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Sixteenth
South Carolina
C.S.A.
The Batson Boys and the Planter

News from Charleston Harbor
Sixteenth
South Carolina
C.S.A.

Aquilla Batson
Furman Battery
South Carolina Artillery


"Ashokan Farewell"
Music by Dayle K.



Charleston, S.C.
Camp Cammille, James Islent
May 17, 1862

Dear Brother,

it is with grate pleasure I one more time embrace the opportunity of writin you a few lines which by the reading of them they will show you that I am well... and Jurdan is well. We are both enjoyin good heath at this time it is gods will but I cannot tell how long we will enjoy that blessing... four they is a grate deal of sickeness here and Some deths. we ar in two miles of the Citty (City smb)on James Island and we ar as clost to the yankees. the yankees stold a Steam boat from us the other night (?line is worn and lost?) think we will be in a battle in a few days... we hae to stand one picket gard at night to watch four the ennemy what I am in hopes it will be gods will four me to see you all again but if we never meat on erth again I am in hopes we will meat in heaven.
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I will say to you that on last night the long role was beat and we was called to the battle field in double quick time ever man to his place I loud every minte the battle wold take place but it was don to see how quick we could git in ridness and I teel you it was strring times.... they is about four thousand of solgers her in the Cittey of Charleston. I have not seen John Pursley since we landed in Charleston but I have herd from him several times I am a going to see him in a few days... I have not drawed no money yet but we will draw in a few days and we will git our uniforms in a few days... So you must make all of the corn you can... four I will have to beg from you. So you must rite to me as soon as this lines come to hand... A full histery of how you is a gitting along afarming So I Must Close... I send my best respect to Batson and Family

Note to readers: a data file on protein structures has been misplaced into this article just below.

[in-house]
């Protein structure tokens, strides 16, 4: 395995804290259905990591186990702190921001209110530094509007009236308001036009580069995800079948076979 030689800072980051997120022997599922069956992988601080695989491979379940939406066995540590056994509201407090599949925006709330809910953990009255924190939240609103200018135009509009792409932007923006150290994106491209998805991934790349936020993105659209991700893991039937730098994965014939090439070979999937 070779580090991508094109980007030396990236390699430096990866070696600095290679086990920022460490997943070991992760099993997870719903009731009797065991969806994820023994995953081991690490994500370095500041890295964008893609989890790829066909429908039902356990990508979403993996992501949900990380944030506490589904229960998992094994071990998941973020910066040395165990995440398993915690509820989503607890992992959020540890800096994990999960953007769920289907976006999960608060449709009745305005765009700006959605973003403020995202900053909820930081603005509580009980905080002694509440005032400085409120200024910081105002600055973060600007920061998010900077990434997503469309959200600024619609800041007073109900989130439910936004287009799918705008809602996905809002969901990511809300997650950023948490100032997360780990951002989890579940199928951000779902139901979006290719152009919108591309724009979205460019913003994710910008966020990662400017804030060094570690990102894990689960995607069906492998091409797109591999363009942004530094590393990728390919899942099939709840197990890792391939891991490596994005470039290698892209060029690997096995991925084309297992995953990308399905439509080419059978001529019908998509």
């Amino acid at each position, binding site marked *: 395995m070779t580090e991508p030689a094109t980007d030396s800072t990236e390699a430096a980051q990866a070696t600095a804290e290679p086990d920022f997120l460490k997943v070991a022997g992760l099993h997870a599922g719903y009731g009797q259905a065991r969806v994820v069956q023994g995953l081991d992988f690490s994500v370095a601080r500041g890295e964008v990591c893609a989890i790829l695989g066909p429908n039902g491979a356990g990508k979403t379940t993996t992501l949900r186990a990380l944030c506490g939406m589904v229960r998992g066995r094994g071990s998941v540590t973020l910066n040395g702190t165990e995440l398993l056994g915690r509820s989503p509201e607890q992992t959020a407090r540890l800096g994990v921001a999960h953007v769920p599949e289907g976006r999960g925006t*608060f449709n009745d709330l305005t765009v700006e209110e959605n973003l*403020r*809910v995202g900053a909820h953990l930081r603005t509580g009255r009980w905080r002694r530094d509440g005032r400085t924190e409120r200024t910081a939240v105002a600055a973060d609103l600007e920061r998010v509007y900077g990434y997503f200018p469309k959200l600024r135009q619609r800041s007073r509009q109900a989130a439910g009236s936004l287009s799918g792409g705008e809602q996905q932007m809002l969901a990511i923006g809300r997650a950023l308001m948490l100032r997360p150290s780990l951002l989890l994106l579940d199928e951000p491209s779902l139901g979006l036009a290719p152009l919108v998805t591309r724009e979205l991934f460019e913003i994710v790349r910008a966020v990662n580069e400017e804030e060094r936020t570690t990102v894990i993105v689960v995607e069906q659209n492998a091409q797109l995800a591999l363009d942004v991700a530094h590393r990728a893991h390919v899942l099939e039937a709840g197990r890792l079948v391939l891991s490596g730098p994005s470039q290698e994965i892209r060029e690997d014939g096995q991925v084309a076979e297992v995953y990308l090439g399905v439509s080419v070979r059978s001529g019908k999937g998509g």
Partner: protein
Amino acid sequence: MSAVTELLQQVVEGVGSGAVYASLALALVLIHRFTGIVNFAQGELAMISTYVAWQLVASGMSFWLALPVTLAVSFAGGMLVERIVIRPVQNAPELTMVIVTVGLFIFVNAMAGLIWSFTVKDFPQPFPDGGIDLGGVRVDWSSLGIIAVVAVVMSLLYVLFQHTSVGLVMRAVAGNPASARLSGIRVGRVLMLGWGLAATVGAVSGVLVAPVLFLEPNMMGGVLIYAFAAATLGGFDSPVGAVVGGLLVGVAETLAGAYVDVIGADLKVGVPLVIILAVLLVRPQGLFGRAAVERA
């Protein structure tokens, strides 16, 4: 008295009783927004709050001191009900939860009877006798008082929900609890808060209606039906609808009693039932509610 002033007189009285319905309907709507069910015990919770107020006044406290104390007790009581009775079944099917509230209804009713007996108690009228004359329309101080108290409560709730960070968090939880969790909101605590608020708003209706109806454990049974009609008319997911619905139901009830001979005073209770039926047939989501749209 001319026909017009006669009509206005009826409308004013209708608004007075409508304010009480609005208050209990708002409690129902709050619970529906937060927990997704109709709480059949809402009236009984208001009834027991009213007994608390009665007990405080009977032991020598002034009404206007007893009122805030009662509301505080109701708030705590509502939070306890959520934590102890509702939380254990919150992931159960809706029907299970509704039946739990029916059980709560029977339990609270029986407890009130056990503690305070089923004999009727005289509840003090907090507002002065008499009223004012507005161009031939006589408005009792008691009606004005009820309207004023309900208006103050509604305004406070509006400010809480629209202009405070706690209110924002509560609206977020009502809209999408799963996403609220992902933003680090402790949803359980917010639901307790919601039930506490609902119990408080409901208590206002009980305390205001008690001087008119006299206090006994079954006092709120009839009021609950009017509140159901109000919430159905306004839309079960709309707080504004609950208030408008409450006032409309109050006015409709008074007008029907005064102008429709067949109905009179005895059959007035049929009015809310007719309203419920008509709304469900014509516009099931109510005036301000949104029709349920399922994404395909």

A.J Batson
W.D.Batson

This letter was written by W.D. Batson (16th S.C.) and his older brother, A.J. Batson (Aquilla J./Furman Battery) while both were in the Charleston Area. Jurden is Jordon, a third of the brothers in Charleston. Jordan would crush his hip during the war and be crippled for life. Aquilla would come home from Charleston packed in charcoal and salt and join the other Batson's at Reedy River Church Cemetery. The "sickeness and deth" they feared would come for him and "they would never meat on erth again." I am certain, however, that they did "meat in heaven." W.D. would be the only one of the Batson's cousins to come home intact in body. None of them were "ever the same" after 1865.

The letter is fairly typical of the attitudes that were shared by the young brash men of the 16th S.C. in the Spring of 1862. They had made the decision to form a new nation. They were going to arms to defend that nation.

The unique part of this particular letter is W.D. Batson's news. The stolen steam ship was, of course, The Planter. Robert Smalls established himself as a legend in South Carolina history as a result of this exploit. Long after Wade Hampton's boys of "65" and men of "76" were driven out of office by "Pitchfork" Ben, Robert Smalls would continue to serve as the black Custom's Collector from the Beaufort District. Robert Smalls was an escaped slave, a Union military hero, and a United States Congressman. His journey from slave who stole a steamboat to the United States Congress during Reconstruction begins here. His exploits while dangerous and thrilling show how much trust and responsibility he had been given. To violate that trust took great fortitude. As W.D. Batson notes it caused no little excitement in Charleston when he pulled up anchor and sailed to the Union fleet.


Robert Smalls



To Return to the Letters Index, follow General Gist; to go home, follow the flag.